Table of Contents

Flourishing in Life, Work and Careers

Flourishing in Life, Work and Careers

Individual Wellbeing and Career Experiences

New Horizons in Management series

Edited by Ronald J. Burke, Kathryn M. Page and Cary Cooper

Happiness in one aspect of our life can positively impact upon our satisfaction within other domains of our life. The opposite also rings true. Today’s generation of working people have often been called the generation who want it all. But can we really have it all? And at what cost to our and others’ happiness? Flourishing in Life, Work and Careers explores ways in which contemporary working people can thrive in a complex, volatile and uncertain world. Combining both research and practice, the contributors of this book cover all bases from individual wellbeing, family, work and career experiences, to leadership. They conclude by providing the reader with tools to combine what they have learnt and apply it to their own lives.

Chapter 3: Managing perfectionism and the excessive striving that undermines flourishing: implications for leading the perfect life

Gordon L. Flett and Paul L. Hewitt

Subjects: business and management, gender and management, human resource management, organisational behaviour, social policy and sociology, family and gender policy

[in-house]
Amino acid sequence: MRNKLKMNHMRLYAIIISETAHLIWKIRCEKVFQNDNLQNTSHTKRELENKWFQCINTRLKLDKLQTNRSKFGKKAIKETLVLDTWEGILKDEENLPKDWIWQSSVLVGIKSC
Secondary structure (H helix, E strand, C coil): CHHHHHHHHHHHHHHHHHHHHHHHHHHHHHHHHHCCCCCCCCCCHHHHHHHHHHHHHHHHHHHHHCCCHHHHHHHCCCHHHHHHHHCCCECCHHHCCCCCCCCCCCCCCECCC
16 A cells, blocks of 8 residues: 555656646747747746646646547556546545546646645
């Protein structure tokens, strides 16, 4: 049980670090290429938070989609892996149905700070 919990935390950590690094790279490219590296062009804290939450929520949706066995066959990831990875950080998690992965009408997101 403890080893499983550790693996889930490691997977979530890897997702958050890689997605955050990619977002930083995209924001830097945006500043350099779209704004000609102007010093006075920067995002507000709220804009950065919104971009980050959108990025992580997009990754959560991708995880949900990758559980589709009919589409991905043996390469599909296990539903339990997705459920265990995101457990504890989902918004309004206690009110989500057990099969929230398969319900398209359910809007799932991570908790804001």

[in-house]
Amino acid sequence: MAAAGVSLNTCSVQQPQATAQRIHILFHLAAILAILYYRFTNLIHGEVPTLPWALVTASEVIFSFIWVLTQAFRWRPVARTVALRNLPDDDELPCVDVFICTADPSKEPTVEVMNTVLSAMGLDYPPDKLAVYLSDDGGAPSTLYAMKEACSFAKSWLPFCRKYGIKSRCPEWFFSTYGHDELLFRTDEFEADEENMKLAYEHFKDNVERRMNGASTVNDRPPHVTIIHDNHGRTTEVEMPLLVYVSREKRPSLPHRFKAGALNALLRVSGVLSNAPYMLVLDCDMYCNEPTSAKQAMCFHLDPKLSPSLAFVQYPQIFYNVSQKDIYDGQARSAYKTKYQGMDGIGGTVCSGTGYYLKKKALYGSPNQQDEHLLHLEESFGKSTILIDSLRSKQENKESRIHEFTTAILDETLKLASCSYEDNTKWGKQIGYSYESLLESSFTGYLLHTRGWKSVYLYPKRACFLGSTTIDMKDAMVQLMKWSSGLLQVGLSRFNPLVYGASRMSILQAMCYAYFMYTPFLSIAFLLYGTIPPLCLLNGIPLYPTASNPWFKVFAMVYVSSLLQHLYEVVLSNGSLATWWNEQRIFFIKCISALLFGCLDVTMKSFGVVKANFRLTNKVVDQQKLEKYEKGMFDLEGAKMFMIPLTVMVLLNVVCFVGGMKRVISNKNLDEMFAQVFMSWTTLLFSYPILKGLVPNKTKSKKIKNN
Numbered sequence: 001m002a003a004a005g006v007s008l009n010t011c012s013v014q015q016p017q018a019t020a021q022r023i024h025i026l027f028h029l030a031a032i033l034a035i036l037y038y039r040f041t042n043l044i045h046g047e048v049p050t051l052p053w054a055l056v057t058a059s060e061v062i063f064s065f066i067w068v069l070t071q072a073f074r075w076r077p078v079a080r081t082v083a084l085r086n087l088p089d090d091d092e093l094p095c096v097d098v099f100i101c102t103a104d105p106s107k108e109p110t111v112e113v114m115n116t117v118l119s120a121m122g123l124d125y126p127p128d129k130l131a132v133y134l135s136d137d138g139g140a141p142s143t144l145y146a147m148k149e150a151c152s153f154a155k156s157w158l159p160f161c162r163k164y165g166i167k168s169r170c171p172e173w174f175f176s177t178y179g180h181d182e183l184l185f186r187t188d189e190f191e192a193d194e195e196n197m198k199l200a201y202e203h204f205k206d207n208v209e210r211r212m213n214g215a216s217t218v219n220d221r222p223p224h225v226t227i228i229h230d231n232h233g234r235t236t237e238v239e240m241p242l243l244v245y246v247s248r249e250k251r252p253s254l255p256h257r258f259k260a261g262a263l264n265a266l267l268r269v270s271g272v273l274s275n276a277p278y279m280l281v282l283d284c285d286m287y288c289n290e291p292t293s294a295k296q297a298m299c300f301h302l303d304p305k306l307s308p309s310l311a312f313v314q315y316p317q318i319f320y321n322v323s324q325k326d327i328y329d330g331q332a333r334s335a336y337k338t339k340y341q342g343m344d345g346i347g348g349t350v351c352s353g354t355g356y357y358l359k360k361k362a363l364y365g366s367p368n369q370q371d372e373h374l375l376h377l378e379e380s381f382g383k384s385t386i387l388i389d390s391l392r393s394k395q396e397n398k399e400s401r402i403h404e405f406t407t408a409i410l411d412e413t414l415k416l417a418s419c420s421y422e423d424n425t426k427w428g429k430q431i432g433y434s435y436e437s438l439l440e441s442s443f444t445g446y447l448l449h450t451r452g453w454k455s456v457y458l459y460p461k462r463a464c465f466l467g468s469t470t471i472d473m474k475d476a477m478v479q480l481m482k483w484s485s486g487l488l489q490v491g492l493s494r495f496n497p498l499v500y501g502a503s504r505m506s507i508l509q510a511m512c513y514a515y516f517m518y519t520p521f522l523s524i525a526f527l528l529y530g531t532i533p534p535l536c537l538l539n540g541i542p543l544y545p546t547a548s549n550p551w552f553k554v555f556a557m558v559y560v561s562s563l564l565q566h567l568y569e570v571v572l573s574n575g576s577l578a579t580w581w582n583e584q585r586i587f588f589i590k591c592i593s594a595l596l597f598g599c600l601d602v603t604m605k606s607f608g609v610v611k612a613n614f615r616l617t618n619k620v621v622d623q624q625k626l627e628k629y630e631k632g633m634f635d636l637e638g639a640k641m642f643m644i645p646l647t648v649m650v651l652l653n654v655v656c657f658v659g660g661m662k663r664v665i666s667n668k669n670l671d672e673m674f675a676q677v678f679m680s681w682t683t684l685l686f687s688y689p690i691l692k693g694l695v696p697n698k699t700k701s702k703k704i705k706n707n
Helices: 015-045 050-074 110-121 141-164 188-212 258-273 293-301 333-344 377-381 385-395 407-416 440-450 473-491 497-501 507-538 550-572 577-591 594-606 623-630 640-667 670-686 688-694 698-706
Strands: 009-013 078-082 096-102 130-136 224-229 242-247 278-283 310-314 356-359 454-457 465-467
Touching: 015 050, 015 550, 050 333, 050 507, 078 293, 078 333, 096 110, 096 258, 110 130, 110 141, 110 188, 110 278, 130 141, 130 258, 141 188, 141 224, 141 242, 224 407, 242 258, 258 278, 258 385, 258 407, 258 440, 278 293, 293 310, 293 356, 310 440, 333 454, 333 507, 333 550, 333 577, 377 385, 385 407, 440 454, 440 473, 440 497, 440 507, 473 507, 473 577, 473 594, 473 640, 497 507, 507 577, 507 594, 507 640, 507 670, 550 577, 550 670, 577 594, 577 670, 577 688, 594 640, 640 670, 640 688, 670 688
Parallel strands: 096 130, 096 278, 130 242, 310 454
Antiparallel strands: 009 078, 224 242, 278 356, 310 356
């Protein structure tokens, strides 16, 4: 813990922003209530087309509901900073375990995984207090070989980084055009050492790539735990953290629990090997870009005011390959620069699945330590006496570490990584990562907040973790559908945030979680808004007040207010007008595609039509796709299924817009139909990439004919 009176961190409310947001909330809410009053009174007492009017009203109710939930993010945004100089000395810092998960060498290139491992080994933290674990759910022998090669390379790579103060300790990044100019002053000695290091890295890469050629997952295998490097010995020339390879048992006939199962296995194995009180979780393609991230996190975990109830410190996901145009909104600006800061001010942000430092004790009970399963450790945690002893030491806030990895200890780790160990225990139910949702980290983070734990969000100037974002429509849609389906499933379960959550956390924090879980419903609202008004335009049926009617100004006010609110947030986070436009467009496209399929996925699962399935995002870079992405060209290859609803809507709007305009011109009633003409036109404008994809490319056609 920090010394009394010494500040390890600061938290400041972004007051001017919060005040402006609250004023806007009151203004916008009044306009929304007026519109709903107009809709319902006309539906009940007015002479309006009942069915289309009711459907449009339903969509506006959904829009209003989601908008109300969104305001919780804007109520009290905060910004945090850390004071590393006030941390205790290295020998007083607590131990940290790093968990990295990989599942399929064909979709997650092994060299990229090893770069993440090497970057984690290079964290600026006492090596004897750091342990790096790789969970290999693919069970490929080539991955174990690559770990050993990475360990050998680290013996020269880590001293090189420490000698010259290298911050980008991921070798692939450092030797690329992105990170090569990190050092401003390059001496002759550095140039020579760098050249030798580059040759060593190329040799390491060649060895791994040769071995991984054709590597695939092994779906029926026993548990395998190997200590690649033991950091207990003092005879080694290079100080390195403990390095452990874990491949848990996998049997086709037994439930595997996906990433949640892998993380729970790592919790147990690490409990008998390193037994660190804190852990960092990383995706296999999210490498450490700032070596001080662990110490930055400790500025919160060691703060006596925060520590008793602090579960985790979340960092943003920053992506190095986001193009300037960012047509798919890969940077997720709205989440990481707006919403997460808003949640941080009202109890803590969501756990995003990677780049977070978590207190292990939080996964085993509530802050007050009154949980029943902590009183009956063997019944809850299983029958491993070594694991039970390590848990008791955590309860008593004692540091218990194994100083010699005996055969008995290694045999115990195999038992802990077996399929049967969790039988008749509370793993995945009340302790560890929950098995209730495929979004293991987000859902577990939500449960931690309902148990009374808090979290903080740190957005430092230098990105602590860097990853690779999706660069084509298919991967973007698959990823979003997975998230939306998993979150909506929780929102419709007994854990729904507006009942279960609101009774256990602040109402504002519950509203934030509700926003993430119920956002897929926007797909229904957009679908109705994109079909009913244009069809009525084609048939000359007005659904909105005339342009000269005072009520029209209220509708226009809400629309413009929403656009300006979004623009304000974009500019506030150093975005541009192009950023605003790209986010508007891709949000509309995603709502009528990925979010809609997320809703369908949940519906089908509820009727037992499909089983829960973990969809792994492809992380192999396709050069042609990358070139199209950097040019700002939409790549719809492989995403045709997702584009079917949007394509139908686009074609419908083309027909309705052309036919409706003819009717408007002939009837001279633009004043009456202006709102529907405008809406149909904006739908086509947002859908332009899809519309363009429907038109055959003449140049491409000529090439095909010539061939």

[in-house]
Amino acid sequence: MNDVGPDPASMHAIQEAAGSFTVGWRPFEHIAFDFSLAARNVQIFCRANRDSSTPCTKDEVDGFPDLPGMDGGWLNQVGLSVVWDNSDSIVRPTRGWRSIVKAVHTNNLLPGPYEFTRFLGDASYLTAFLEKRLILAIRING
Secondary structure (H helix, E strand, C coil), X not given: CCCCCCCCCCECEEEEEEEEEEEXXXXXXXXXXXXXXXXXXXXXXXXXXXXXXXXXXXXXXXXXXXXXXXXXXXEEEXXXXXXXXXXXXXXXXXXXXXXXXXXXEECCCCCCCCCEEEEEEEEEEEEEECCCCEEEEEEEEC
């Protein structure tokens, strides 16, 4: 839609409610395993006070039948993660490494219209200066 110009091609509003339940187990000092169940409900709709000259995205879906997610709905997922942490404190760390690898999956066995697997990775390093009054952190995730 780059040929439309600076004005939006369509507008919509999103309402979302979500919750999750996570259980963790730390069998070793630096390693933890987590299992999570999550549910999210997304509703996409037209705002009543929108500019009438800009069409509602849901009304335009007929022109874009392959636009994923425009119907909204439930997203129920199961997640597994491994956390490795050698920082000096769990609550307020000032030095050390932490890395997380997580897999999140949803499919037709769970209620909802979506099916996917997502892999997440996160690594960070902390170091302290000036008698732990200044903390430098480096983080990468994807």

Extract

One of life’s great ironies is that trying to be perfect and striving to have the perfect life can actually result in just the opposite. Many people live their lives according to the formula that if they can just be perfect, including being perfectly successful, then they will be happy and they will be loved, admired, and respected by the people who matter to them. Unfortunately, in most instances, this is not the case. Even in those rare instances when perfection is attained, there is no guarantee that this will result in appreciable improvements in how the perfectionist is treated and regarded by significant others. Another problem is that achieving perfection can often add additional pressure for the perfectionists, who now feel that they must prove that the first time was no fluke. Finally, a third problem is that attaining perfectionism may not ameliorate the self-doubts and nagging feelings of inferiority that result in compulsive striving to be perfect.

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